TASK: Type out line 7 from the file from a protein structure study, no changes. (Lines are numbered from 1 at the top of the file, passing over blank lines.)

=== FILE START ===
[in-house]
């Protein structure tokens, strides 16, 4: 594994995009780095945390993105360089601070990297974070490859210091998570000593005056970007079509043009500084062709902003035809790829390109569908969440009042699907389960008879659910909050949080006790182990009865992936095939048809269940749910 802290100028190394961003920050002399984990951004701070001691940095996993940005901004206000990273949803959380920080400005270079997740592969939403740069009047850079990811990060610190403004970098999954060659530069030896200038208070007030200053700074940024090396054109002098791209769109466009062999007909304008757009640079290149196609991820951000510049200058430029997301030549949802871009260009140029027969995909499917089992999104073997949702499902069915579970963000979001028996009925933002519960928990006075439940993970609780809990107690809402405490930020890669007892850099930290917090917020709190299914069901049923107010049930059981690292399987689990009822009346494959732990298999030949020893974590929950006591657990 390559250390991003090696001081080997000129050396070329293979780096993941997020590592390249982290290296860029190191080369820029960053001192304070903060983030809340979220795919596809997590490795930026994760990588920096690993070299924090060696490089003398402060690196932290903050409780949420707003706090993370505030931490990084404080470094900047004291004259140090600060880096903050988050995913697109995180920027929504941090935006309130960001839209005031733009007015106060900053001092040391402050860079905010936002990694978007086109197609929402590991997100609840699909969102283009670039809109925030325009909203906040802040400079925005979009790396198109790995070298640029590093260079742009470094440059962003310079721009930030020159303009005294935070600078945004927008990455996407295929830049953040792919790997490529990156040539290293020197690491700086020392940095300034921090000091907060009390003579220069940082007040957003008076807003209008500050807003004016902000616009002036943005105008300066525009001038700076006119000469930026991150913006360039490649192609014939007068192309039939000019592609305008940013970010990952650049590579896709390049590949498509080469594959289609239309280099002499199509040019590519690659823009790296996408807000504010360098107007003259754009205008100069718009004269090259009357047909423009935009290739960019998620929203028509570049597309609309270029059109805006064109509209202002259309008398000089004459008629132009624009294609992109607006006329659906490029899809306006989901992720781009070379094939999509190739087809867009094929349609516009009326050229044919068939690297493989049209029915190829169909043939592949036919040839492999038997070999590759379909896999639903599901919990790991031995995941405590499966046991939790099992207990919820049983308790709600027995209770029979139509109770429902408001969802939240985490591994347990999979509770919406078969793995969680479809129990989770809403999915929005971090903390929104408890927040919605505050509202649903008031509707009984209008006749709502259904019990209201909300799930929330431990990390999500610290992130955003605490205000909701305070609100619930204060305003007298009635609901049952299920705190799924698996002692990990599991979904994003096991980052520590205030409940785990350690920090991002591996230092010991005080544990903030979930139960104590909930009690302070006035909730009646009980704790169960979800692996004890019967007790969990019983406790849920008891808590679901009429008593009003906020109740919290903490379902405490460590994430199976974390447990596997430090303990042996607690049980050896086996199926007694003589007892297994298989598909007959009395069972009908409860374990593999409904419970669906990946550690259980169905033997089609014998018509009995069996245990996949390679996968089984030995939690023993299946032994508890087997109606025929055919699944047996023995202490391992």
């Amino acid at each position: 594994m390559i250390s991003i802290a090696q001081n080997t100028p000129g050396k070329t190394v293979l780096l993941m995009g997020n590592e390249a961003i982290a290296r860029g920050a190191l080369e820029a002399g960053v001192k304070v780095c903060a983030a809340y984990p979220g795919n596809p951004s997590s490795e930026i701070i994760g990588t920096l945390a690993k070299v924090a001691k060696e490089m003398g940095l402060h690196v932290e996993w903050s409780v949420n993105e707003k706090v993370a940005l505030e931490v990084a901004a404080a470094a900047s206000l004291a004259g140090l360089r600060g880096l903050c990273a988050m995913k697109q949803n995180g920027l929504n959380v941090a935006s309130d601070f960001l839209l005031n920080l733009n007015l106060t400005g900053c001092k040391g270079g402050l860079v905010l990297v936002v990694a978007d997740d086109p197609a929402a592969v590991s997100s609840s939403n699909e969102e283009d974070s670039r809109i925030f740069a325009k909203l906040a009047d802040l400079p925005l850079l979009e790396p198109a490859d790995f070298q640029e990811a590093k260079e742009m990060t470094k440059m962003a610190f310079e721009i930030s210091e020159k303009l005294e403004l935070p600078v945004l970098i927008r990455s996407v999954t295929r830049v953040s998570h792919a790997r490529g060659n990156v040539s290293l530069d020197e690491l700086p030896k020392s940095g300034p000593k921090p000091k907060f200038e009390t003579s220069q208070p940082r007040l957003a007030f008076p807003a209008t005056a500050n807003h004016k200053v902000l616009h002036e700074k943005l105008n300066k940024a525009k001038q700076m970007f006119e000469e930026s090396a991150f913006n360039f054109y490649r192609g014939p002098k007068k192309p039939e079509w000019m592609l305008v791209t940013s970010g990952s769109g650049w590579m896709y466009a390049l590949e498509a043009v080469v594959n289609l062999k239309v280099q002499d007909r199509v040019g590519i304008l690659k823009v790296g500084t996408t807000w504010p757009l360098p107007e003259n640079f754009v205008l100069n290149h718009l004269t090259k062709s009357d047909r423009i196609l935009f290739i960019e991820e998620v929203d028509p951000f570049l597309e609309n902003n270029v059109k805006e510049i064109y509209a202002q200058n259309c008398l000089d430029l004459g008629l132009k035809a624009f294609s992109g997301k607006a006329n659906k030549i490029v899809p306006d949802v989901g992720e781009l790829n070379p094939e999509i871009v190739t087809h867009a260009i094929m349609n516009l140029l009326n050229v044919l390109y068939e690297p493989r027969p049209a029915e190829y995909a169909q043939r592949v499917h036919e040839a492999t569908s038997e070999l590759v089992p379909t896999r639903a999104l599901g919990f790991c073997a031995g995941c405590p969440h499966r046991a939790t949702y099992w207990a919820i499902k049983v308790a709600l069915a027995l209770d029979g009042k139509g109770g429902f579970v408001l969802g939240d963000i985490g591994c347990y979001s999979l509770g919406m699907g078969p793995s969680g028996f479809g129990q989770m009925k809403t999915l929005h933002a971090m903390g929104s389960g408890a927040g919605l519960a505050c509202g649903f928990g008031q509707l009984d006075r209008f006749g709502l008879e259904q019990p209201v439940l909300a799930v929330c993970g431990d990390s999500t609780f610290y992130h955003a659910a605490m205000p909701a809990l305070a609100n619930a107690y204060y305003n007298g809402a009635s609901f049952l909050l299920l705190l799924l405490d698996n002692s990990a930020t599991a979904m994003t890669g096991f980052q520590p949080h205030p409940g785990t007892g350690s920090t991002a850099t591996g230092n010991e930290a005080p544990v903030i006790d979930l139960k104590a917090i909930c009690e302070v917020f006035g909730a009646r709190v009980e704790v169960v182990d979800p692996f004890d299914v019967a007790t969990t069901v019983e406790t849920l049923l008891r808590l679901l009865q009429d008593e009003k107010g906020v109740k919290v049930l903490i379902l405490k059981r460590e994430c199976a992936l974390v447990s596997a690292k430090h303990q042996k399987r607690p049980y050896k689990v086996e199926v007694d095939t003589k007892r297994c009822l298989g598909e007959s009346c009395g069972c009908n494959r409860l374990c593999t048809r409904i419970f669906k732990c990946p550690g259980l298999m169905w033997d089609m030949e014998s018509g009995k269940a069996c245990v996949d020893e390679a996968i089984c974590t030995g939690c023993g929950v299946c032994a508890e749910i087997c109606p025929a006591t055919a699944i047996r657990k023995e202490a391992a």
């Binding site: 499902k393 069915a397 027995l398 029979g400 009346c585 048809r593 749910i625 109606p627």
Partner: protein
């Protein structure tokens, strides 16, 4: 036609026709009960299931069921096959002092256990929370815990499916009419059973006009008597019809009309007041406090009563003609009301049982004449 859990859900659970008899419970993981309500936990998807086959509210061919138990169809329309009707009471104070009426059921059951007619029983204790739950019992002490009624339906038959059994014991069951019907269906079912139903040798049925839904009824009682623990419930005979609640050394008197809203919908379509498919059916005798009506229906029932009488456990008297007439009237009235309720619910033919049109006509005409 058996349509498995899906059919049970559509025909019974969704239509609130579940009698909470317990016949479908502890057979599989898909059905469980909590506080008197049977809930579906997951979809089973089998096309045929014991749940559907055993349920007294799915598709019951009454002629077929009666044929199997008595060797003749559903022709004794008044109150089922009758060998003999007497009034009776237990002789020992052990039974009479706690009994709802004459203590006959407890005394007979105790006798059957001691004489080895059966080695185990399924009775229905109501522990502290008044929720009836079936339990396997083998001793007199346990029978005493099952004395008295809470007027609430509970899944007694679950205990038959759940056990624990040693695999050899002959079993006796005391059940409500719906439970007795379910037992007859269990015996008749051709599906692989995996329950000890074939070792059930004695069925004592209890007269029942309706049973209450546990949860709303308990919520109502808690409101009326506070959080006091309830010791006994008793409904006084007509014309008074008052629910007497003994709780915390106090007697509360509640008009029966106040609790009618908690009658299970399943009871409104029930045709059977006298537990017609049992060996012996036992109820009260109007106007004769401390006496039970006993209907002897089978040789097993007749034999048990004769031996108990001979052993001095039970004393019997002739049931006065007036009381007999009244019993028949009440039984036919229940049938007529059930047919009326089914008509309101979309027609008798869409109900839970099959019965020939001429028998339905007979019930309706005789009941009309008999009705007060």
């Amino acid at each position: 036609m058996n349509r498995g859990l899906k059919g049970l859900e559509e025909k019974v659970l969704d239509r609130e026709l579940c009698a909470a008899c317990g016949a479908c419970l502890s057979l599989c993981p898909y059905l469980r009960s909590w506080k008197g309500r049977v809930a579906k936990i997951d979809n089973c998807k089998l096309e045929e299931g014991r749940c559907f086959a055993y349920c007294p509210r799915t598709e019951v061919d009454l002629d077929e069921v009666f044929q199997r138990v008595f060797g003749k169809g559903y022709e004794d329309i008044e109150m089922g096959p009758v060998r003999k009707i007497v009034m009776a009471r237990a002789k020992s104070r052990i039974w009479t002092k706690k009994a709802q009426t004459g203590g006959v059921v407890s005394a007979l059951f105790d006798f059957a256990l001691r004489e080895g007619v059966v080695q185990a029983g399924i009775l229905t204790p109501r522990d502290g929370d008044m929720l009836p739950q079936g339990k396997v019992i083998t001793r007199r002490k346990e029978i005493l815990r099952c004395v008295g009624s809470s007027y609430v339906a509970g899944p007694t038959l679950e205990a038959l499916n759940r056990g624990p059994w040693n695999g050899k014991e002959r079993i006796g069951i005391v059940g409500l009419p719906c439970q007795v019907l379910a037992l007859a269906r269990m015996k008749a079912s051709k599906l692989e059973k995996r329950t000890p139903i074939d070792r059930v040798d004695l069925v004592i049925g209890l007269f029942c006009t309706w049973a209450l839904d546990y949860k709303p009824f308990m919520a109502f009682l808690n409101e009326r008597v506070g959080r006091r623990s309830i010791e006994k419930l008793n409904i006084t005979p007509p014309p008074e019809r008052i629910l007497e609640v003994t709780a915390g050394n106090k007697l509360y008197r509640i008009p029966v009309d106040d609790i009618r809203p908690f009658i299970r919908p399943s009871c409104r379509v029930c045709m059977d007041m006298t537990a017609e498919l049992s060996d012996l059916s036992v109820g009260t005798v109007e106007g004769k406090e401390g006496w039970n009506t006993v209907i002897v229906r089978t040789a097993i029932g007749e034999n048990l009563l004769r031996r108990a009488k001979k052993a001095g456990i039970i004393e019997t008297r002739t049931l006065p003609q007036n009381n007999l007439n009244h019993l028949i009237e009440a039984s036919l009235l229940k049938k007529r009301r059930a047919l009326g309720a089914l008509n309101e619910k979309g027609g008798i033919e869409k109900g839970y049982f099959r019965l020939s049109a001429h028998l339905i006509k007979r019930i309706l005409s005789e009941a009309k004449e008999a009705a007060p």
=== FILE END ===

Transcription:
């Amino acid at each position: 036609m058996n349509r498995g859990l899906k059919g049970l859900e559509e025909k019974v659970l969704d239509r609130e026709l579940c009698a909470a008899c317990g016949a479908c419970l502890s057979l599989c993981p898909y059905l469980r009960s909590w506080k008197g309500r049977v809930a579906k936990i997951d979809n089973c998807k089998l096309e045929e299931g014991r749940c559907f086959a055993y349920c007294p509210r799915t598709e019951v061919d009454l002629d077929e069921v009666f044929q199997r138990v008595f060797g003749k169809g559903y022709e004794d329309i008044e109150m089922g096959p009758v060998r003999k009707i007497v009034m009776a009471r237990a002789k020992s104070r052990i039974w009479t002092k706690k009994a709802q009426t004459g203590g006959v059921v407890s005394a007979l059951f105790d006798f059957a256990l001691r004489e080895g007619v059966v080695q185990a029983g399924i009775l229905t204790p109501r522990d502290g929370d008044m929720l009836p739950q079936g339990k396997v019992i083998t001793r007199r002490k346990e029978i005493l815990r099952c004395v008295g009624s809470s007027y609430v339906a509970g899944p007694t038959l679950e205990a038959l499916n759940r056990g624990p059994w040693n695999g050899k014991e002959r079993i006796g069951i005391v059940g409500l009419p719906c439970q007795v019907l379910a037992l007859a269906r269990m015996k008749a079912s051709k599906l692989e059973k995996r329950t000890p139903i074939d070792r059930v040798d004695l069925v004592i049925g209890l007269f029942c006009t309706w049973a209450l839904d546990y949860k709303p009824f308990m919520a109502f009682l808690n409101e009326r008597v506070g959080r006091r623990s309830i010791e006994k419930l008793n409904i006084t005979p007509p014309p008074e019809r008052i629910l007497e609640v003994t709780a915390g050394n106090k007697l509360y008197r509640i008009p029966v009309d106040d609790i009618r809203p908690f009658i299970r919908p399943s009871c409104r379509v029930c045709m059977d007041m006298t537990a017609e498919l049992s060996d012996l059916s036992v109820g009260t005798v109007e106007g004769k406090e401390g006496w039970n009506t006993v209907i002897v229906r089978t040789a097993i029932g007749e034999n048990l009563l004769r031996r108990a009488k001979k052993a001095g456990i039970i004393e019997t008297r002739t049931l006065p003609q007036n009381n007999l007439n009244h019993l028949i009237e009440a039984s036919l009235l229940k049938k007529r009301r059930a047919l009326g309720a089914l008509n309101e619910k979309g027609g008798i033919e869409k109900g839970y049982f099959r019965l020939s049109a001429h028998l339905i006509k007979r019930i309706l005409s005789e009941a009309k004449e008999a009705a007060p």